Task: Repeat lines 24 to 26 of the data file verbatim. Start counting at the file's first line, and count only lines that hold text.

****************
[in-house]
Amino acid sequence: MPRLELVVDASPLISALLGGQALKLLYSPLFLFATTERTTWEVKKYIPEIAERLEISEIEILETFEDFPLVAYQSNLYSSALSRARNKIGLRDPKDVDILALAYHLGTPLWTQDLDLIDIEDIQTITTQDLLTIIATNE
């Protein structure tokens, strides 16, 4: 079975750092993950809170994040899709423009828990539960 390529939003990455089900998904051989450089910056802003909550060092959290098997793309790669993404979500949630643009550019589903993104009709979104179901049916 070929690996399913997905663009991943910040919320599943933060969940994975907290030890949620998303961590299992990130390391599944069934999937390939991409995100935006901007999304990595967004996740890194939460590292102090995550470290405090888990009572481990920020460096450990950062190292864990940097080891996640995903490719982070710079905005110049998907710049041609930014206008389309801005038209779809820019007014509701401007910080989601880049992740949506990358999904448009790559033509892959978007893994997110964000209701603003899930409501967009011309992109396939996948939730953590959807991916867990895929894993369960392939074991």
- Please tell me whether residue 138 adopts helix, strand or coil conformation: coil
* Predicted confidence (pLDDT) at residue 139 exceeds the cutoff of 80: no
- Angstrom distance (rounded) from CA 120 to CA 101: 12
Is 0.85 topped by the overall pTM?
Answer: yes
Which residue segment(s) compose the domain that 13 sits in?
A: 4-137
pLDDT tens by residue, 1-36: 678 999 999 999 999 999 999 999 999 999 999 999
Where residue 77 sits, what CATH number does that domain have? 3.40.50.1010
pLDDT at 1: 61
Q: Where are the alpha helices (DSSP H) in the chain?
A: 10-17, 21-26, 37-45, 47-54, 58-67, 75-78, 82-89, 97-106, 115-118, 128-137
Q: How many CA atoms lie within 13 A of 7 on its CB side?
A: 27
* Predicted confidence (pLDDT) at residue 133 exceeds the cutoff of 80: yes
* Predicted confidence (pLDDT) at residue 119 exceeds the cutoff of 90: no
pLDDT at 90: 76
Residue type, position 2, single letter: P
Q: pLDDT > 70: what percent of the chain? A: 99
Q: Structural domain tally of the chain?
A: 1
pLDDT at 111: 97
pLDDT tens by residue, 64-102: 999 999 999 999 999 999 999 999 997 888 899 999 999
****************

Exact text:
A: 1
pLDDT at 111: 97
pLDDT tens by residue, 64-102: 999 999 999 999 999 999 999 999 997 888 899 999 999